22 Jul 2024

AUTOMATION FOR MANUFACTURING

Manufacturers lay out agenda for next UK Government

Scuoler: a clear vision is needed

Britain’s manufacturers have set out their priorities for the next government to drive better balanced growth, boost trade and investment and, deliver long-term economic security.

In a new manifesto, An Agenda for Government to 2020, the UK manufacturers’ organisation EEF lays down a challenge to all three of the main political parties to set out a clear vision for the UK economy over the next Parliament to provide certainty for business and to help boost investment. EEF believes the priorities must include a commitment to keep the UK in a reformed EU.

“After such a traumatic period following the financial crash of 2008, we are now at a crucial stage for our economy, with confidence on the rise and a long-overdue recovery in UK business investment,” says EEF chief executive, Terry Scuoler. “This is delivering stronger growth, boosting job creation and enabling more companies to develop overseas markets.

“Let us not pretend, however, that we are seeing the better-balanced growth we need for the long term, which still remains a long way off,” he continues. “Business has a crucial role to play, but government must also be a collaborative partner.

“All parties must now set out a clear vision for the UK economy, including how they will support rebalancing, strengthening the role of industry and manufacturing over the next Parliament,” Scouler demands. “Party leaders also need to set out how they will attack the obstacles that companies of all sizes face in becoming world class.”

EEF believes the current UK government has made some progress with a generally supportive tax environment – in particular, research and development, and efforts to boost innovation and apprenticeships. The focus on boosting trade through agencies such as UKTI, which has received extra funding, should also bear fruit by the end of the decade.

EEF is urging the next government to avoid change for the sake of change and let those policies which are working and, for which business is generally supportive, continuing to bed down and achieve their potential. The next government should, however, build on current policy by focusing on the five areas. EEF makes specific recommendations on each.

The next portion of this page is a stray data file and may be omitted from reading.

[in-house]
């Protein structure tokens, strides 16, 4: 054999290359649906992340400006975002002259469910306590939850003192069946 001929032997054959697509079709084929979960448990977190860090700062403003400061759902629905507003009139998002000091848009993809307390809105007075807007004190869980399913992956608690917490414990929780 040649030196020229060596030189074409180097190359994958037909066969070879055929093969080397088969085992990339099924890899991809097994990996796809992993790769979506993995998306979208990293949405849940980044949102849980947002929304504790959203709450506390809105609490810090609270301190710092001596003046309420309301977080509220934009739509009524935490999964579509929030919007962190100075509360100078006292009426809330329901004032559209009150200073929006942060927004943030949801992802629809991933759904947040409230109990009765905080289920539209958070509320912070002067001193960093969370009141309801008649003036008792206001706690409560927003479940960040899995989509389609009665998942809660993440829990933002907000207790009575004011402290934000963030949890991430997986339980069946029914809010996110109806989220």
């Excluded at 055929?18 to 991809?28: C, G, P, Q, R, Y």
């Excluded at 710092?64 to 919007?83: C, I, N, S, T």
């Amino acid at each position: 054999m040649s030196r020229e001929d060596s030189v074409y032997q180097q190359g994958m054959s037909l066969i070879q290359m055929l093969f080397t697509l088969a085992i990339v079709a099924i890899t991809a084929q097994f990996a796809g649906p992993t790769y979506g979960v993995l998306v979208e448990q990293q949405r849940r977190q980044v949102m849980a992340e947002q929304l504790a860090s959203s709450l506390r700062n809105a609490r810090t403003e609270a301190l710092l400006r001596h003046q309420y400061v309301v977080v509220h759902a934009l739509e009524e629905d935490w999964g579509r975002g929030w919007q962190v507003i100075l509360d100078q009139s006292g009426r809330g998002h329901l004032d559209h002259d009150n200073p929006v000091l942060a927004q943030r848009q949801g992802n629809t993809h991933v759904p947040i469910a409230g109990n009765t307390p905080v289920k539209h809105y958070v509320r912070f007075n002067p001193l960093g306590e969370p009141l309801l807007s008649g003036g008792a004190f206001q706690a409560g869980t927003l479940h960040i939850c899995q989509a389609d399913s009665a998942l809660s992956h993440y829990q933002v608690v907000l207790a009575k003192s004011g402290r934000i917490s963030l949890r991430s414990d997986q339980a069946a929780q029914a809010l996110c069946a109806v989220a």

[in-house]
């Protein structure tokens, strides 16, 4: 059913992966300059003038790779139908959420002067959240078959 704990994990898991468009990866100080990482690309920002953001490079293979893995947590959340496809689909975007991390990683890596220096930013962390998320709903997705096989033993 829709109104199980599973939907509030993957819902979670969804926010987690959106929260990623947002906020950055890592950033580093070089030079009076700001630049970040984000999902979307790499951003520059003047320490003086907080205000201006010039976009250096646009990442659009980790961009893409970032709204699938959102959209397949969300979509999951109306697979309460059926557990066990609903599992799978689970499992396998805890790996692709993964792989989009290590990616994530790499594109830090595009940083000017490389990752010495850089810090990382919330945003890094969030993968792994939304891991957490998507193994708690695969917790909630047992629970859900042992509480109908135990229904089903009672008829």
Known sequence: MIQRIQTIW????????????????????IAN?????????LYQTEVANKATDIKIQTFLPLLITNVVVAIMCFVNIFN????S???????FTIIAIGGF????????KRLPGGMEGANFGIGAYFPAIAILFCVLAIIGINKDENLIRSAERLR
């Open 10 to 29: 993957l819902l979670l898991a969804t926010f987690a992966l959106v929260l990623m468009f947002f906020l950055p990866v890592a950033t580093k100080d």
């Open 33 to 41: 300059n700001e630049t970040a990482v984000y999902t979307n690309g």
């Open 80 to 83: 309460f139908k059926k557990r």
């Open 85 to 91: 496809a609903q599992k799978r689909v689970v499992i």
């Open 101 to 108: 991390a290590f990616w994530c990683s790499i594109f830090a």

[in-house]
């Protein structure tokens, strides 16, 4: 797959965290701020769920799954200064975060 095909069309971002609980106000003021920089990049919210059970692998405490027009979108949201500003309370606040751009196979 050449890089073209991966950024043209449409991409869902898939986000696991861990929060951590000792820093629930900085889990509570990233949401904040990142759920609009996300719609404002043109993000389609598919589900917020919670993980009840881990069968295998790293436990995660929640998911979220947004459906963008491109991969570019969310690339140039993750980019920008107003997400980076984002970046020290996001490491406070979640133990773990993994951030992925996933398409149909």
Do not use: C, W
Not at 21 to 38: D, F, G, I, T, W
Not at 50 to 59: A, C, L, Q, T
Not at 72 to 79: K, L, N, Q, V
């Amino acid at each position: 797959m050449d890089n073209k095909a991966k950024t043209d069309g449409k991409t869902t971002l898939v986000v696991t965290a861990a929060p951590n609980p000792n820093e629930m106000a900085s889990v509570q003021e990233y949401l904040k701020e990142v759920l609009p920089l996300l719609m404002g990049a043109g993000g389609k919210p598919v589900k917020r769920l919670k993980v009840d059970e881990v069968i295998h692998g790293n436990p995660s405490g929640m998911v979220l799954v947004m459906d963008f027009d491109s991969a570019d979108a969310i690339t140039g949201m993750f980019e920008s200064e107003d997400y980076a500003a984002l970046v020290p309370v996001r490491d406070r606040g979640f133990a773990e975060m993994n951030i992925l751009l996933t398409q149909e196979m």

Skills EEF says there is a need for motivated, skilled young people capable of entering the world of manufacturing, engineering and wider industry. It says that Government should:

•  maintain an apprenticeship training system that is robust, long-lasting and resistant to short-term change;

•  drive up teaching standards by increasing the number of STEM (science, technology, engineering and maths) specialists in secondary schools; and

•  make the UK’s immigration system less costly and less complicated for businesses, particularly SMEs.

Innovation The UK needs to fund and incentivise businesses to research and develop new products, technologies and services and support exporters to sell more abroad. In particular, it needs to:

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•  include funding for innovation within an expanded science and innovation ring-fence, with a commitment to increase the combined budget in real terms by the end of the next Parliament;

•  commit sufficient funding to the existing network of Catapult Centres to ensure that they remain cutting-edge and work to encourage higher levels of engagement with SMEs;

•  develop a longer-term framework for regular assessment of the breadth of science and innovation support to ensure all schemes remain well-directed and adequately funded; and

•  increase funding for export initiatives and overseas in-country support.

Infrastructure The Government needs to ensure that the UK is ahead of the curve in providing vital transport and digital capability as part of its long-term planning. It should:

•  commit to creating a UK Infrastructure Authority to strengthen analysis behind decisions on major infrastructure investments and support the decision-making process to ensure that the right plans are in place at the right time; and

•  implement the recommendations of the Airports Commission after the next election.

Energy and resource security The UK needs to put in place the planning, investment and technology needed to secure a competitively-priced energy supply and other natural resources for the future.

Staying in the EU According to EEF, 85% of UK manufacturers believe that the UK’s national interest will be best served by staying in a reformed EU, which is focused on trade, extending the free market and improving opportunities for growth in jobs and industry among all member states.